With the endless storm of data breaches, the concept of tokenization has taken the financial industry by storm. Rather than expect that each new digital device will be secure, why not replace the sensitive card and account information with something less valuable, even perishable, that will encourage the fraudsters to look elsewhere?
This sounds reasonable, especially in an age where digitally “disconnecting” is actually a chore. But with the introduction of any new approach, and especially one designed to change the near century old use of static cards, comes different stakeholders with conflicting ideas on how to implement the change. With tokenization, the “conversations” generally center around two topics: management of the token directories and the different approaches for delivering tokens to the point-of-sale (POS). In this article, we’ll address the first issue.
First, it’s helpful to review a little of the recent history behind tokenization. In February 2014, EMVCo, led by its six members (American Express, Discover, JCB, MasterCard, UnionPay, and Visa) and supported by dozens of banks, merchants, processors, vendors and other industry stakeholders, published its Payment Tokenization Framework technical specification that detailed an industry-aligned, interoperable tokenization scheme.
EMVCo exists to facilitate worldwide interoperability and acceptance of secure payment transactions. The framework that they’ve introduced is designed to achieve this goal using tokenization and contemplates a scheme whereby Token Service Providers (TSPs) author payment tokens for delivery to Token Requestors (TRs). In this new world of payments, TSPs provide a number of services including payment token generation and provisioning, TR registration and de-tokenization to facilitate issuer processing services such as authorizations.
Although the framework allows for issuers and third parties to operate as TSPs, the major card brands that make up EMVCo (often referred to as the “networks”) are clearly seen as the preferred entities for this role. Over time, the specification leaves room for up to 1,000 TSPs worldwide. This is still a relatively exclusive club, but it’s large enough to drive innovation and control costs.
The number of TRs, on the other hand, is envisioned to be in the billions (think “Internet of Things”). These are the entities that procure payment tokens from the TSPs for completing an actual purchase or payment, and include the mobile wallet providers, shopping applications, web browsers, card issuers, merchants, acquirers, acquirer processors, payment gateways and other payment enablers. As you can see, this is pretty much everyone who touches a payment today.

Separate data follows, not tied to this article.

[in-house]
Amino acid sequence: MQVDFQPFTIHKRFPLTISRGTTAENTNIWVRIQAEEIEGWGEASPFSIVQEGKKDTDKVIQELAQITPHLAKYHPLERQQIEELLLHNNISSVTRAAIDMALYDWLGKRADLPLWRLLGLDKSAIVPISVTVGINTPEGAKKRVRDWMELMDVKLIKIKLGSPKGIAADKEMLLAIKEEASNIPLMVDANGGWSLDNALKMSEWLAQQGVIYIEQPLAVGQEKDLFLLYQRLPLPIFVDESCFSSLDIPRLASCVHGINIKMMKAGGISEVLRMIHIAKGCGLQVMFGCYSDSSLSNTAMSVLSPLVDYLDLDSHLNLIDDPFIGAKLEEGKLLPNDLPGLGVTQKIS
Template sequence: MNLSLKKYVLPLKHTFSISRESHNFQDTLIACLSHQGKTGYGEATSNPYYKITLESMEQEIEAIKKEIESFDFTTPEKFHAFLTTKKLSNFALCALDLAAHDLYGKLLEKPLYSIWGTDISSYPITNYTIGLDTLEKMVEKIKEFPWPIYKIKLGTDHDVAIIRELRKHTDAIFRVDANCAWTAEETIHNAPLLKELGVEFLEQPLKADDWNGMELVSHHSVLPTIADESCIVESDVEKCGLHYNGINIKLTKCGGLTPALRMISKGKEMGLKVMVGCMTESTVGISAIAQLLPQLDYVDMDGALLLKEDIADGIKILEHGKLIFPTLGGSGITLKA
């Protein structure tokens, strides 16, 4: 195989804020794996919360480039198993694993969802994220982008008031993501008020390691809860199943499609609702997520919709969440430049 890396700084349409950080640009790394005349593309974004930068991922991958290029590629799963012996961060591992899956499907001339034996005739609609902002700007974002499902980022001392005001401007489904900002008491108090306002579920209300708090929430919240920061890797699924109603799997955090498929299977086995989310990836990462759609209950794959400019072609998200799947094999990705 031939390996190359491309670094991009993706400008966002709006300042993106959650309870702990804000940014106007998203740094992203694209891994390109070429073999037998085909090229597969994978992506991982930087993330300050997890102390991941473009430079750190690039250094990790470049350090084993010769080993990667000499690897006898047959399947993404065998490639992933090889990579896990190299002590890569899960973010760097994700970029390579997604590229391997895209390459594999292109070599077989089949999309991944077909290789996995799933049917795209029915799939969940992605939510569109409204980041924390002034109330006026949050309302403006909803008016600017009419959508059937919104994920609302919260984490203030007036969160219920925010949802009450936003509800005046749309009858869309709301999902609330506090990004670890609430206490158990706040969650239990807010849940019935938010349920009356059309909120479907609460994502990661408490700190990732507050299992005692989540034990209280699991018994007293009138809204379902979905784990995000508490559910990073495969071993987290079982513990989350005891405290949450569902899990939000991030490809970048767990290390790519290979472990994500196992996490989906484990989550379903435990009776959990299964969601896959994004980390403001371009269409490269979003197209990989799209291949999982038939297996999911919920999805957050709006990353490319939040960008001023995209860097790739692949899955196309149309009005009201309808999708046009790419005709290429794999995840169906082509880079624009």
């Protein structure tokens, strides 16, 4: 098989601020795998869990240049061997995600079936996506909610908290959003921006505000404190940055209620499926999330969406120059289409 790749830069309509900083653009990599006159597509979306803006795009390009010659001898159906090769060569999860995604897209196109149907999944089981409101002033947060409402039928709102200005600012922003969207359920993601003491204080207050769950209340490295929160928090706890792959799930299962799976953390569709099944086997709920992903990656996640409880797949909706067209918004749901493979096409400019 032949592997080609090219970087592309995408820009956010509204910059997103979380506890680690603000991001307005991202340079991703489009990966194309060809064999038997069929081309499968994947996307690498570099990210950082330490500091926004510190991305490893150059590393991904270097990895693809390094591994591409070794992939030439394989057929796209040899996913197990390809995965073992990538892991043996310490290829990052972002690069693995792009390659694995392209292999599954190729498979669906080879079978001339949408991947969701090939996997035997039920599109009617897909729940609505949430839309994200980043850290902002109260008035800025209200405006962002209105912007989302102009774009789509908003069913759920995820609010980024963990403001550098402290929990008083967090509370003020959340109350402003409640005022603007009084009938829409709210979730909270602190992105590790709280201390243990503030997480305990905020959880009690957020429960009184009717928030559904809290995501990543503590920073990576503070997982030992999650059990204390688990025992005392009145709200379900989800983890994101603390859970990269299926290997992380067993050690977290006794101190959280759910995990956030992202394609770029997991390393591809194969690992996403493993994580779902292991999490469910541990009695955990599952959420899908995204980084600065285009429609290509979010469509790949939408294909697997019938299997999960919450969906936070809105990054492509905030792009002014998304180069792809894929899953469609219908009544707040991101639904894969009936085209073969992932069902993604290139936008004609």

Consistent with the EMVCo token framework, the TSPs create a static payment token that is provisioned to the TR. The TR stores the static payment token that, along with a dynamically generated transaction cryptogram, is relayed to the applicable issuer for authorization. “Static payment token” is somewhat of a misnomer, and appears to fall short of tokenization’s goal of obfuscating the PAN (Primary Account Number) but it is an improvement. It has limited life, is restricted to a TR, and must be accompanied by a cryptogram. Together, the payment token and cryptogram provide a unique set of payment credentials for each transaction, eliminating, or at least dramatically reducing, the risk of counterfeit fraud at the point-of-sale.
So, how do we implement this new approach? In reality, there are several options each led by the different stakeholders; i.e., the networks, issuers and merchants. First, as mentioned above, the networks are crucial in these early days of interoperability. By quickly establishing their On-Behalf-Of (OBO) services, and facilitating the issuance of payment tokens for Apple Pay, the first TR, they’ve managed to accomplish more in months than the industry had seen in years. Their OBO services have also simplified the initial registration process for future TRs, streamlined de-tokenization and, with cloud-based solutions like host card emulation (HCE), have kept the banks and credit unions in the game – at least for now.
There are drawbacks with network-managed directories that some issuers and even acquirers may find troublesome. While streamlining the tokenization process, network-managed directories naturally necessitate the routing of all authorizations through the networks limiting alternative processing arrangements and potentially impacting future costs.